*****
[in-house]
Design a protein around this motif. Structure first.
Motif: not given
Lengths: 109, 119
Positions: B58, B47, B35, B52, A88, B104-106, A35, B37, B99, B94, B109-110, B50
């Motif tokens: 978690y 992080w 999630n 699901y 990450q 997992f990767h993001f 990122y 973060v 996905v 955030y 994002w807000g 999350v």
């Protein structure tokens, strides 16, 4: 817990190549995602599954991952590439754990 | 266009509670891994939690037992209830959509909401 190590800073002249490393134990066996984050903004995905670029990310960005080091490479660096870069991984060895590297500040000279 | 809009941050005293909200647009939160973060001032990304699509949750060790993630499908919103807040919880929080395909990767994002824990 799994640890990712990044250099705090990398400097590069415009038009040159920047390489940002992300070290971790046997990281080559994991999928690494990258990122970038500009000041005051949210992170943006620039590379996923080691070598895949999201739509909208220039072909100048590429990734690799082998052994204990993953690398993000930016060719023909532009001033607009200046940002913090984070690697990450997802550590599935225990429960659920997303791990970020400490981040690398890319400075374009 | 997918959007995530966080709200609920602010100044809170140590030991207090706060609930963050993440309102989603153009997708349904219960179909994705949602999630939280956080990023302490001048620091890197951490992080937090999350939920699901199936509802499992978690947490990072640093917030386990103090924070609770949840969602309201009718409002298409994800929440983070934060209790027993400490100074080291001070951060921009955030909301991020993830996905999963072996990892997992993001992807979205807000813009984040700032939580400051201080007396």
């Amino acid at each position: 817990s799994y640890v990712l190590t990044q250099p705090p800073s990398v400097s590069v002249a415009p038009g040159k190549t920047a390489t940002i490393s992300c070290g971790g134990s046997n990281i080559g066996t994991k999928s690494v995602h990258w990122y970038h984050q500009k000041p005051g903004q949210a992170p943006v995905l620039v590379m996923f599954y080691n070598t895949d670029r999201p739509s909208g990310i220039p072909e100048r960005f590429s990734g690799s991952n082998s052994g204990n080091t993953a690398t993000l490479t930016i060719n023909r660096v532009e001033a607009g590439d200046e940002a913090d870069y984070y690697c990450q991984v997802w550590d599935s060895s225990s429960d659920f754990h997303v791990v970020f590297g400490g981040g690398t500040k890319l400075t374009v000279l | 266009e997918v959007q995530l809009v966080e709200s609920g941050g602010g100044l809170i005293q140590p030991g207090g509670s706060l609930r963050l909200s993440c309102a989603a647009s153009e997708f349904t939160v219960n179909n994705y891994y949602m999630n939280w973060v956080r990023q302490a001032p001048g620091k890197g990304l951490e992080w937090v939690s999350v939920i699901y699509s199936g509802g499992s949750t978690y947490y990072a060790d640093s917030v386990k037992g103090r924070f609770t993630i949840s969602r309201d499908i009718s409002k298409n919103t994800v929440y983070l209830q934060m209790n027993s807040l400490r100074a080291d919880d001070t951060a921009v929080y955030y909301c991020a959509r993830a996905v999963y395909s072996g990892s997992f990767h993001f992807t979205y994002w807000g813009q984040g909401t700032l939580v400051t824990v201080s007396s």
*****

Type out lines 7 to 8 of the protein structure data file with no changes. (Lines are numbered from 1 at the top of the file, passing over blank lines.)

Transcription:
């Protein structure tokens, strides 16, 4: 817990190549995602599954991952590439754990 | 266009509670891994939690037992209830959509909401 190590800073002249490393134990066996984050903004995905670029990310960005080091490479660096870069991984060895590297500040000279 | 809009941050005293909200647009939160973060001032990304699509949750060790993630499908919103807040919880929080395909990767994002824990 799994640890990712990044250099705090990398400097590069415009038009040159920047390489940002992300070290971790046997990281080559994991999928690494990258990122970038500009000041005051949210992170943006620039590379996923080691070598895949999201739509909208220039072909100048590429990734690799082998052994204990993953690398993000930016060719023909532009001033607009200046940002913090984070690697990450997802550590599935225990429960659920997303791990970020400490981040690398890319400075374009 | 997918959007995530966080709200609920602010100044809170140590030991207090706060609930963050993440309102989603153009997708349904219960179909994705949602999630939280956080990023302490001048620091890197951490992080937090999350939920699901199936509802499992978690947490990072640093917030386990103090924070609770949840969602309201009718409002298409994800929440983070934060209790027993400490100074080291001070951060921009955030909301991020993830996905999963072996990892997992993001992807979205807000813009984040700032939580400051201080007396």
């Amino acid at each position: 817990s799994y640890v990712l190590t990044q250099p705090p800073s990398v400097s590069v002249a415009p038009g040159k190549t920047a390489t940002i490393s992300c070290g971790g134990s046997n990281i080559g066996t994991k999928s690494v995602h990258w990122y970038h984050q500009k000041p005051g903004q949210a992170p943006v995905l620039v590379m996923f599954y080691n070598t895949d670029r999201p739509s909208g990310i220039p072909e100048r960005f590429s990734g690799s991952n082998s052994g204990n080091t993953a690398t993000l490479t930016i060719n023909r660096v532009e001033a607009g590439d200046e940002a913090d870069y984070y690697c990450q991984v997802w550590d599935s060895s225990s429960d659920f754990h997303v791990v970020f590297g400490g981040g690398t500040k890319l400075t374009v000279l | 266009e997918v959007q995530l809009v966080e709200s609920g941050g602010g100044l809170i005293q140590p030991g207090g509670s706060l609930r963050l909200s993440c309102a989603a647009s153009e997708f349904t939160v219960n179909n994705y891994y949602m999630n939280w973060v956080r990023q302490a001032p001048g620091k890197g990304l951490e992080w937090v939690s999350v939920i699901y699509s199936g509802g499992s949750t978690y947490y990072a060790d640093s917030v386990k037992g103090r924070f609770t993630i949840s969602r309201d499908i009718s409002k298409n919103t994800v929440y983070l209830q934060m209790n027993s807040l400490r100074a080291d919880d001070t951060a921009v929080y955030y909301c991020a959509r993830a996905v999963y395909s072996g990892s997992f990767h993001f992807t979205y994002w807000g813009q984040g909401t700032l939580v400051t824990v201080s007396s």